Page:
The Dos and Don’ts of Choosing a Trademark

A clever name, logo or phrase can go a long way to identifying your service or product. You can protect these “trademarks” by registering them with the United States Patent and Trademark Office. However, the rules governing the registration of trademarks can limit your choices.


Proper protection for a name, phrase or logo as a trademark requires actual use in connection with goods or services. Customers or clients should identify your goods and services with the trademark. Protectable trademarks must either be inherently distinctive or have acquired secondary meaning. Coined or fanciful words like CLOROX for bleach or KODAK for cameras are distinctive because they have never been used for another purpose. Words like TENDER VITTLES for cat food may have meaning in other contexts but have acquired a distinctive designation for the product. The same applies to phrases such as ‘YOU’RE IN GOOD HANDS WITH ALLSTATE’. The phrase itself contains a series of common words. But when used in conjunction with each other and the company name, they have acquired secondary meaning. Common words like ‘soap’ or ‘milk’ cannot be registered as trademarks because they are generic. Some words that were once trademarks can become generic. For instance, ‘aspirin’ was a protectable trademark at the very beginning of its use. Bayer Company allowed the word to be used as a term for all pain relievers. Thus, the word became a generic term for pain relievers. Additionally, certain other types of trademarks cannot legally be registered such as immoral or scandalous words, words that indicate a false connection with the goods or services, deceptive words, disparaging words, flags, insignia, coats of arms, a name, a signature, false designations of origin using a geographic term, functional features and ornamentation.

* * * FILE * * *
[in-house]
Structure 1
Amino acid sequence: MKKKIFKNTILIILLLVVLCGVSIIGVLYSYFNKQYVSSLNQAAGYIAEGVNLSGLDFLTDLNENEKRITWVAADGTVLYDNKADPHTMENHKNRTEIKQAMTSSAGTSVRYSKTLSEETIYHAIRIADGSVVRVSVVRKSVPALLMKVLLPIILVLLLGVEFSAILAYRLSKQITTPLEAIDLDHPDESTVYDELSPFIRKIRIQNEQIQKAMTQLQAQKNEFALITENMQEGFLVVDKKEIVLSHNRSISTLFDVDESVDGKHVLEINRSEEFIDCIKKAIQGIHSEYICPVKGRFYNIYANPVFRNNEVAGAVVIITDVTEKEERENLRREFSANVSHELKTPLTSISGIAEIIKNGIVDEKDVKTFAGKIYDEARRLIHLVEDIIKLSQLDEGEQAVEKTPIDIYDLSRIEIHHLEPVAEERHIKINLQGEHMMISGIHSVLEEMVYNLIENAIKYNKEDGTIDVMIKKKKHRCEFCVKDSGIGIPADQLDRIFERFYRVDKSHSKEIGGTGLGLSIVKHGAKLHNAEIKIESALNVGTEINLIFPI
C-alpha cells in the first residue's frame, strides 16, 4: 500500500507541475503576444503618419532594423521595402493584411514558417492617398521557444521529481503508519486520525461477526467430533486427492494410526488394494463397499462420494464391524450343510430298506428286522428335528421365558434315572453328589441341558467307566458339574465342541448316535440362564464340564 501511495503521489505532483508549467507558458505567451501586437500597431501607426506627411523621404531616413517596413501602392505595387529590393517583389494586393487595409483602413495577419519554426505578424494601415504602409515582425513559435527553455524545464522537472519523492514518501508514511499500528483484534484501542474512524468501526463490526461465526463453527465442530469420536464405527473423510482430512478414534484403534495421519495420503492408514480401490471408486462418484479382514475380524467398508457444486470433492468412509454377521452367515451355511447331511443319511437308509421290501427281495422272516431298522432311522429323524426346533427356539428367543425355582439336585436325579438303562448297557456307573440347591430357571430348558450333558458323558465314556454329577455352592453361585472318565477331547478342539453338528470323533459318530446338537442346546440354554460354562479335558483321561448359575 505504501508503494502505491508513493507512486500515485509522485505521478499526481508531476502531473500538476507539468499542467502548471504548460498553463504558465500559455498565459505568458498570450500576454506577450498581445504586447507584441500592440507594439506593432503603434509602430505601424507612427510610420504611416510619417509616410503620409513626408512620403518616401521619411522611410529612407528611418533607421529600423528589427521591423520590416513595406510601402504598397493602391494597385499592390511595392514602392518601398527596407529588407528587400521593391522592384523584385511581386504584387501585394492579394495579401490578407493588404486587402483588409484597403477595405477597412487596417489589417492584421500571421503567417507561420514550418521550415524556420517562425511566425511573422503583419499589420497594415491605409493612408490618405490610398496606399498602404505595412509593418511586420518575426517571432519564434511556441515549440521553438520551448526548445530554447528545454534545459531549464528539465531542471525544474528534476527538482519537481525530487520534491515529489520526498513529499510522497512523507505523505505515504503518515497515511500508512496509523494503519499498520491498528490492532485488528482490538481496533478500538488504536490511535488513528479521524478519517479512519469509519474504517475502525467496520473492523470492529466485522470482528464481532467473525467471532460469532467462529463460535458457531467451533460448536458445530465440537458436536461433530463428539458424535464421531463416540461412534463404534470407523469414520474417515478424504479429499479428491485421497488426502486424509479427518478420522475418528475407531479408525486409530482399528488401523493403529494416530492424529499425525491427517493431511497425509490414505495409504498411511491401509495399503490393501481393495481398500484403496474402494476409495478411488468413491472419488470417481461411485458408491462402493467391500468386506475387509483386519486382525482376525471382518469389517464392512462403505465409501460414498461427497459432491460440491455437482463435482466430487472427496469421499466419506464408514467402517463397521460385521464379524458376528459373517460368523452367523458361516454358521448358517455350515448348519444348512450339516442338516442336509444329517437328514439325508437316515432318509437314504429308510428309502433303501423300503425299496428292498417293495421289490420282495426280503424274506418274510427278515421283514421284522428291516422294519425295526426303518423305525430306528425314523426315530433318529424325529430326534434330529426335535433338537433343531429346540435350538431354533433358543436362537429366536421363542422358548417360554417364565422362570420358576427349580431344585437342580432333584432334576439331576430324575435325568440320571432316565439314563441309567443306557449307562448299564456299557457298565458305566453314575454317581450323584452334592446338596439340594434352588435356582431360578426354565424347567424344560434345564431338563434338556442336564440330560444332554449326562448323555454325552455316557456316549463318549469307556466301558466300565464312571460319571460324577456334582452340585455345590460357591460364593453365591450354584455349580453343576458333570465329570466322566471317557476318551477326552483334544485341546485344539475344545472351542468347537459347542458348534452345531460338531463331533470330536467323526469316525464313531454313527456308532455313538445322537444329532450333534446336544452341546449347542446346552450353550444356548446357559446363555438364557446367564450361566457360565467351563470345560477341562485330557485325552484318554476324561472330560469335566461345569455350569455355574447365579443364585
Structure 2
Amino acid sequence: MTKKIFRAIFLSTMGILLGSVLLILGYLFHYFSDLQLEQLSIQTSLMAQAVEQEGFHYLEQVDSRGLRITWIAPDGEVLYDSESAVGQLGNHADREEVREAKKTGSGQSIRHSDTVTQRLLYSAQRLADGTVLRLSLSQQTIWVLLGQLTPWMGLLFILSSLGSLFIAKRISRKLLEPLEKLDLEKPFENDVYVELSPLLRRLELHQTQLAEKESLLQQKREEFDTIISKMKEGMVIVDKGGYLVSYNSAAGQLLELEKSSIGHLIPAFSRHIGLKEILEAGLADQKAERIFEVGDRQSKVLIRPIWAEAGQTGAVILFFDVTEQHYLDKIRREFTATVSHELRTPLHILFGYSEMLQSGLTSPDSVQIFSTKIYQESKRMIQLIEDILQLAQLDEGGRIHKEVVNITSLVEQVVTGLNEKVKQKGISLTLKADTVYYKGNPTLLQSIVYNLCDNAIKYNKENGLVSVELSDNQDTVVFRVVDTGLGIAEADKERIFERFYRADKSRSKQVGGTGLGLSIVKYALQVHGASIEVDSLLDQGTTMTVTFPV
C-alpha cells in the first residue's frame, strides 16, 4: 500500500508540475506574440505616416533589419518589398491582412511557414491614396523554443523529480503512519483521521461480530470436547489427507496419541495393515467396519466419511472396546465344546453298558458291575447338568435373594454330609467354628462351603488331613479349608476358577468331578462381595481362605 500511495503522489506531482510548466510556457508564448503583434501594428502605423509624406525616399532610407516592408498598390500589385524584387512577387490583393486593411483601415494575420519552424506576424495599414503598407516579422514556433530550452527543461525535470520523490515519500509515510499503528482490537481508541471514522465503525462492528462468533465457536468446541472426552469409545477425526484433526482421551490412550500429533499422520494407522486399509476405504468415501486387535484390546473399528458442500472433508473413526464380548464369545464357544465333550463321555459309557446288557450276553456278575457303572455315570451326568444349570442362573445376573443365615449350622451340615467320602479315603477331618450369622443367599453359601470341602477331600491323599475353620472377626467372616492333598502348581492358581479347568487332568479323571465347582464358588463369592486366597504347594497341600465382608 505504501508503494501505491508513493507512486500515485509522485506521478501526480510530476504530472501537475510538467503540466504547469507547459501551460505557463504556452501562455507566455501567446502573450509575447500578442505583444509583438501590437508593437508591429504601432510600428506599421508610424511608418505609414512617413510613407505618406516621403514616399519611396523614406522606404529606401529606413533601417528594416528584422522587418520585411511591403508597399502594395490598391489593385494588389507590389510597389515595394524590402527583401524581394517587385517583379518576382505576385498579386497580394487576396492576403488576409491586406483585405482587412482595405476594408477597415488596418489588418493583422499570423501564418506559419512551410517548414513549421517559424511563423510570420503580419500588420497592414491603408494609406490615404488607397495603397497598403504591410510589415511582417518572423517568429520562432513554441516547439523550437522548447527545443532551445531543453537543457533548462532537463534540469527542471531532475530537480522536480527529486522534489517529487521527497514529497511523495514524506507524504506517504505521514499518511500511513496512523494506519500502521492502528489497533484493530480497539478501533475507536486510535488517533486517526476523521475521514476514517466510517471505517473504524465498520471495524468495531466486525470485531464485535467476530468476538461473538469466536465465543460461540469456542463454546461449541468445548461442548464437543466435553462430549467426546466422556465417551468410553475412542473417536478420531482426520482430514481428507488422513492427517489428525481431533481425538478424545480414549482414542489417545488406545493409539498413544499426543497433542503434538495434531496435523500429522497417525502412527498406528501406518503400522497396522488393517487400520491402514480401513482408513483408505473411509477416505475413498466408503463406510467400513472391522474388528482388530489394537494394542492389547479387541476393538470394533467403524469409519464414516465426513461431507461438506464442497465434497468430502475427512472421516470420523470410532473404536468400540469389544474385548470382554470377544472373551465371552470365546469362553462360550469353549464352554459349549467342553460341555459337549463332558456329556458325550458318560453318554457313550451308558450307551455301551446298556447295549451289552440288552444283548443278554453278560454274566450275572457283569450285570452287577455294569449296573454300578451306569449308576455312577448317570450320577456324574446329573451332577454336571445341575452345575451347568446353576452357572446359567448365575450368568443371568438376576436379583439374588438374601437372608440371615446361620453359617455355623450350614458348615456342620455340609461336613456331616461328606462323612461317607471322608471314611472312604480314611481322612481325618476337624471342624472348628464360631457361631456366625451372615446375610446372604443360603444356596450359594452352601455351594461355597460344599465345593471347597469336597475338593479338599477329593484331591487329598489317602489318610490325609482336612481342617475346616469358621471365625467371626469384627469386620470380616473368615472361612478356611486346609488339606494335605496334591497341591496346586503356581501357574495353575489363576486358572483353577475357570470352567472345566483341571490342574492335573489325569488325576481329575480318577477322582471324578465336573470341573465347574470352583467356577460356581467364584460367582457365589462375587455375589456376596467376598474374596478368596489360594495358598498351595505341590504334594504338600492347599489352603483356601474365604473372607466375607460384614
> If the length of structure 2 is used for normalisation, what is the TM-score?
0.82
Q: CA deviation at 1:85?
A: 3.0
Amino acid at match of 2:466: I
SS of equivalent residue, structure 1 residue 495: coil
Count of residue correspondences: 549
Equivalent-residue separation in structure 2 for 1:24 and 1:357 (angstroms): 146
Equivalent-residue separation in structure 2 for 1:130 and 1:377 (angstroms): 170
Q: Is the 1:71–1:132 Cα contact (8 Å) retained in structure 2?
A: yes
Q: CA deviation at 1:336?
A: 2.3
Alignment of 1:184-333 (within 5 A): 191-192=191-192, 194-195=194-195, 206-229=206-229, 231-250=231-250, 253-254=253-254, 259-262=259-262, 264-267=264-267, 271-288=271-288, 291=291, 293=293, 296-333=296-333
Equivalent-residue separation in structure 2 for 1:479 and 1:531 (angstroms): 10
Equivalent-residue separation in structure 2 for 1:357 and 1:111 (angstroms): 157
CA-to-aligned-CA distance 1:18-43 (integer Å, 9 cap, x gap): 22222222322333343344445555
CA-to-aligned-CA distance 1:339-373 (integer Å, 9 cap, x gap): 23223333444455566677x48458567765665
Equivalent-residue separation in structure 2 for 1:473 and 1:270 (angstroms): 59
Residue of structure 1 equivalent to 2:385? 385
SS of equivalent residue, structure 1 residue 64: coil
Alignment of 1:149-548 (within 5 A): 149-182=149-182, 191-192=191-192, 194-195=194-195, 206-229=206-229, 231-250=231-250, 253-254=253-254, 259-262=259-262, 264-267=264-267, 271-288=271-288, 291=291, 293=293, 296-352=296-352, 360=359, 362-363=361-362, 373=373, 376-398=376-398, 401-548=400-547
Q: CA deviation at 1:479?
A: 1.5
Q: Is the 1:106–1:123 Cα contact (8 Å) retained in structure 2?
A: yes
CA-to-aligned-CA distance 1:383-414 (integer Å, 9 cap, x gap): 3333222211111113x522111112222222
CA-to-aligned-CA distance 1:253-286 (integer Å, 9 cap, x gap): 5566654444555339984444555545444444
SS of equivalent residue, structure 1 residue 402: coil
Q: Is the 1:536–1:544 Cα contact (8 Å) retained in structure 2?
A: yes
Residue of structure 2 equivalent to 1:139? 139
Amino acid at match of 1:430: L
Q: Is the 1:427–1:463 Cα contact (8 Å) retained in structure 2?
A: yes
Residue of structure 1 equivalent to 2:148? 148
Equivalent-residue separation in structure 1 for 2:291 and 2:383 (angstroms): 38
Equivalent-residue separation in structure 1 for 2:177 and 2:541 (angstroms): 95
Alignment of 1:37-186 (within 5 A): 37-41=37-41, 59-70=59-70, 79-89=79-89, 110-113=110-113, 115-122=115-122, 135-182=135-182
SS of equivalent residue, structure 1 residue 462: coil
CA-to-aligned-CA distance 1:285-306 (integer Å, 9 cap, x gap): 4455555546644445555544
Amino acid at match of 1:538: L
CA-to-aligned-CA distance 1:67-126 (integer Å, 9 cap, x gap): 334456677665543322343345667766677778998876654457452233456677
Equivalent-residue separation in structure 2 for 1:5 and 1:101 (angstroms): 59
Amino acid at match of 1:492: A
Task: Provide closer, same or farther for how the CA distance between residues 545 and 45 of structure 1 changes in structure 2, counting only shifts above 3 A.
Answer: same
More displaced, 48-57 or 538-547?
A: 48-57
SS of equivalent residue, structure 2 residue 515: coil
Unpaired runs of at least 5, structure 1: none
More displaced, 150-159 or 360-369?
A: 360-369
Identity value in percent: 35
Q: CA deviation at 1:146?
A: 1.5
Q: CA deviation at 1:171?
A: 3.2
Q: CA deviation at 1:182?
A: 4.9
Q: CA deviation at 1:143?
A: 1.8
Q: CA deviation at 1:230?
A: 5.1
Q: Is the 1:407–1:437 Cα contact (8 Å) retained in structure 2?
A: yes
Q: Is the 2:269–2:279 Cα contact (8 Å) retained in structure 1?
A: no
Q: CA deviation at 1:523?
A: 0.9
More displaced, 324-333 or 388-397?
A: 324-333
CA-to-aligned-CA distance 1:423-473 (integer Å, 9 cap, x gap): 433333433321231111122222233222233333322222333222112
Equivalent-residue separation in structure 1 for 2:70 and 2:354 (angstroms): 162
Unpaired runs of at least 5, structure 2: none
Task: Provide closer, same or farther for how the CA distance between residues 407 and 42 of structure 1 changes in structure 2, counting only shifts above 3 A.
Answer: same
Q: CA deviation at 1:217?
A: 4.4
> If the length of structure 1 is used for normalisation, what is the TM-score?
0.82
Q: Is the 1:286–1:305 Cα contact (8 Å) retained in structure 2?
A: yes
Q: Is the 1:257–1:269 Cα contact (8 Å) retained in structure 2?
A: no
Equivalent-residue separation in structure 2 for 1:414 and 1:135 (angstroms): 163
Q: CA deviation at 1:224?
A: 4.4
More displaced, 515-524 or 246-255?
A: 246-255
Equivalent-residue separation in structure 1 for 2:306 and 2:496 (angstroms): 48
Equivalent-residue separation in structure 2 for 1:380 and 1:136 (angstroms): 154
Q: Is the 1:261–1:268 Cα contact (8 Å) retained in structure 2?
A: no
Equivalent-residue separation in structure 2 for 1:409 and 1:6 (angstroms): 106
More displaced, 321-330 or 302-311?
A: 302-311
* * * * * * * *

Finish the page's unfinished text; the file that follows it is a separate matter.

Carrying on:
Given these rules, how does one go about choosing a protectable trademark?

DO use coined words or phrases that have no prior meaning. Example: MICROSOFT for computer applications.

DO use arbitrary or unrelated words for the product. Example: DOMINO’S for pizza.

DO use terms that suggest the nature of the product or services. Example: COPPERTONE for suntan lotion. (But be sure that no one else is already using the term as a trademark.)

DO use terms that describe the product, but be able to prove that your customers or clients have recognized the term with your product thus creating secondary meaning. Example: KRISPY for crackers.

DO use fonts and colors in your trademark as a way of further distinguishing your goods and services from others.

DO use slogans that describe your product. Example: DAN RIVER DESIGNER FABRICS for textile fabrics.

DON'T use any of the prohibited trademarks described above.

DON'T use a trademark that conflicts with someone else’s trademark. Example: SMALL STREET JOURNAL versus WALL STREET JOURNAL.

DON'T use a trademark that would confuse customers as to the origin of the product. GOLDEN GRIDDLE for a pancake restaurant where someone already has registered GOLDEN GRIDDLE for table syrup.